Thanks to Amazon’s apparent trend in stocking fewer ‘minority-interest’ books (hoping, I expect, to boost sales of E-books & Kindle thingies), I bought my proper paper copy via the splendid BookDepository dot com. Interestingly, I believe that BookDepository is now owned by Amazon so I’m sure they won’t mind me plugging them in an Amazon review.
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on 10 October 2015
Bought because I am a fan of John Carmack and he recommended this series on Twitter. I could not get past the first few chapters because I found all of characters and dialog unbearable. I am sorry John, I just don't share your taste in fiction :)
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on 6 April 2015
There's a lot to like about this book. It zips along, uses credible scientific language, and emphasises entertainment. I thoroughly enjoyed. On the negative sides, there are some longish sections were the reader is given 'infodumps' (I didn't mind when these were presented as 'briefing' chapters, but the scenes where characters are just exchanging information do go on a bit), and there are some proofreading/formatting problems (inconsistent italics, misplaced spaces), but these are certainly outweighed. A fast-paced, fun read, with some interesting projections about our electro-neuro future.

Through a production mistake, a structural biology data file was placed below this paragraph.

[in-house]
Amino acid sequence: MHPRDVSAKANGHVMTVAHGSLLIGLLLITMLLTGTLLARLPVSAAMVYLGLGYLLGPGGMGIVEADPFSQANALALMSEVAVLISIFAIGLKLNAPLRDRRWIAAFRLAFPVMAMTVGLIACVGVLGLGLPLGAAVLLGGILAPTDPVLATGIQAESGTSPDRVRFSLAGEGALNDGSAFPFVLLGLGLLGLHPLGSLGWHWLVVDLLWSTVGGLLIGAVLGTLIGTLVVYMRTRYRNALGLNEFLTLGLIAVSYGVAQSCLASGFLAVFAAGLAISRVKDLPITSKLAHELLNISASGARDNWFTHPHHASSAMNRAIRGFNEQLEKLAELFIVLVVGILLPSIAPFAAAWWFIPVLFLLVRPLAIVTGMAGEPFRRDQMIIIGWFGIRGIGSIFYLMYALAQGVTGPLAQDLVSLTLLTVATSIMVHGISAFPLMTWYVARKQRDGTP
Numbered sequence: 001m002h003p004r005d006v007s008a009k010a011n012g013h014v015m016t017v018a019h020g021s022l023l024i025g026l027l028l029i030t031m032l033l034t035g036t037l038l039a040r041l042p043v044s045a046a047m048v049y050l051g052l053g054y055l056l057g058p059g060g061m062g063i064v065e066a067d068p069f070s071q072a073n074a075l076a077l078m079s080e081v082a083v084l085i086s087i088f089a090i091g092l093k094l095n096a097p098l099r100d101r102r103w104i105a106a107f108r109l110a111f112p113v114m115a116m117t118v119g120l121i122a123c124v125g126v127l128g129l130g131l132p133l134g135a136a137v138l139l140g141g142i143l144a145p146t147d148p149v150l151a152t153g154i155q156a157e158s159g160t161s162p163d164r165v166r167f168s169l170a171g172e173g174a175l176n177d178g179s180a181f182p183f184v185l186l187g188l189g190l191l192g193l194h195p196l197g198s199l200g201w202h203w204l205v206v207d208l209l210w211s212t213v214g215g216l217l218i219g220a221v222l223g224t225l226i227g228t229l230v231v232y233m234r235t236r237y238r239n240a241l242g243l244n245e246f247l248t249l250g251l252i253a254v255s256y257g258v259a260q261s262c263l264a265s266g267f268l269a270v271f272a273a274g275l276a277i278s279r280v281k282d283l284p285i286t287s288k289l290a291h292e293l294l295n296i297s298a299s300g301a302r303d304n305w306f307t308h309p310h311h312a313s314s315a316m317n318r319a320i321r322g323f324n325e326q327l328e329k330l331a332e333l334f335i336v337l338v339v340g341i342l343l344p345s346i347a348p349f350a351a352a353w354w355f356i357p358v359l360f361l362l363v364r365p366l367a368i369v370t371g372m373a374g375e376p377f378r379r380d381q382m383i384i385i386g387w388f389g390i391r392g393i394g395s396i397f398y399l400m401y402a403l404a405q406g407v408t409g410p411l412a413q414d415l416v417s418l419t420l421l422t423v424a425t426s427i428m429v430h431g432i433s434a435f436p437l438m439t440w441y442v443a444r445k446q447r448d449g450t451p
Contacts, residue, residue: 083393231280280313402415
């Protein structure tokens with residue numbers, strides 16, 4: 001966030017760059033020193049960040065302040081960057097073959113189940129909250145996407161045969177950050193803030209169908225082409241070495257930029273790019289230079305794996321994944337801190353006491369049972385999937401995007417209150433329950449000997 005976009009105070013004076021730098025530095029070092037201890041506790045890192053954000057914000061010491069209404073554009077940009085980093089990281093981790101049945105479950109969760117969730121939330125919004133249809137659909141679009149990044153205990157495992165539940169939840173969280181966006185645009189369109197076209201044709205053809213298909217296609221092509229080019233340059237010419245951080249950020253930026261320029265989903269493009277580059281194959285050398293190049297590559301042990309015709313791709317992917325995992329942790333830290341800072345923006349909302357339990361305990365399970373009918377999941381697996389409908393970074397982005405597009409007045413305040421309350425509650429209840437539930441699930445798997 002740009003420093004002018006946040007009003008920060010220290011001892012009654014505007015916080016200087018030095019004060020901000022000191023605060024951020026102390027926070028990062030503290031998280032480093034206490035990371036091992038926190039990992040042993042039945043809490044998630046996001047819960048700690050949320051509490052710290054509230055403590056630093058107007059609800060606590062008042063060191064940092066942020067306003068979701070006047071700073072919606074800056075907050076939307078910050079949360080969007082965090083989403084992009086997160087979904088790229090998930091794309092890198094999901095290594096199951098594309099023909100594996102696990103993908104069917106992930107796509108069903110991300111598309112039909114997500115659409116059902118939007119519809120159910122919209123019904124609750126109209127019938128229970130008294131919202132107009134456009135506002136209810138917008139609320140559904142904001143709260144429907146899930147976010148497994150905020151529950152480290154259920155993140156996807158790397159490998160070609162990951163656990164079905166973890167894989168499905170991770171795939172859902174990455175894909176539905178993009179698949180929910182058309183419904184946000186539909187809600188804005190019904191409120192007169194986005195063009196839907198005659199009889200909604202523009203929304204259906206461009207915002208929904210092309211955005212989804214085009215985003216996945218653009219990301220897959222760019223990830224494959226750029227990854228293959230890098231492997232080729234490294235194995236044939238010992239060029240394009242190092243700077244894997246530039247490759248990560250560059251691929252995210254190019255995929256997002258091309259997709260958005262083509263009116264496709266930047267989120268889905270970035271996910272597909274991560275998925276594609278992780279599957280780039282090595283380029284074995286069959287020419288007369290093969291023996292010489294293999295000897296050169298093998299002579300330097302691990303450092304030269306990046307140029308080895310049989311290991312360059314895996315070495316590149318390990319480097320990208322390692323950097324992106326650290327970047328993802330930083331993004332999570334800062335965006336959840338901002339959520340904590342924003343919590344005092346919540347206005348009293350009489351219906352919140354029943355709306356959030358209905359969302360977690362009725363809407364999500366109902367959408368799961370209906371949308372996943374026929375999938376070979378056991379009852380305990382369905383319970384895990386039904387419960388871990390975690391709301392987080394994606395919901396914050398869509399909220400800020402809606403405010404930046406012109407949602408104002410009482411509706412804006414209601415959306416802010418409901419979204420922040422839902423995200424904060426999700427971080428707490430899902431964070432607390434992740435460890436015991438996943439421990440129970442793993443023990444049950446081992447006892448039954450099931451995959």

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on 29 July 2015
The idea at the centre of Ramez Naam’s debut novel, Nexus, is actually rather a difficult sell despite obvious fictional antecedents and the proliferation of technology in the real world, and he does a superb job in making it feel both believable and important. The occasional info-dump aside, he also manages to do so while ensuring his narrative is always moving, only pausing for breath when hammering home the uncertainty at the heart of his debate. It veritably tears along, and explores the potential in his proffered speculations fully enough to promise some very interesting things to come.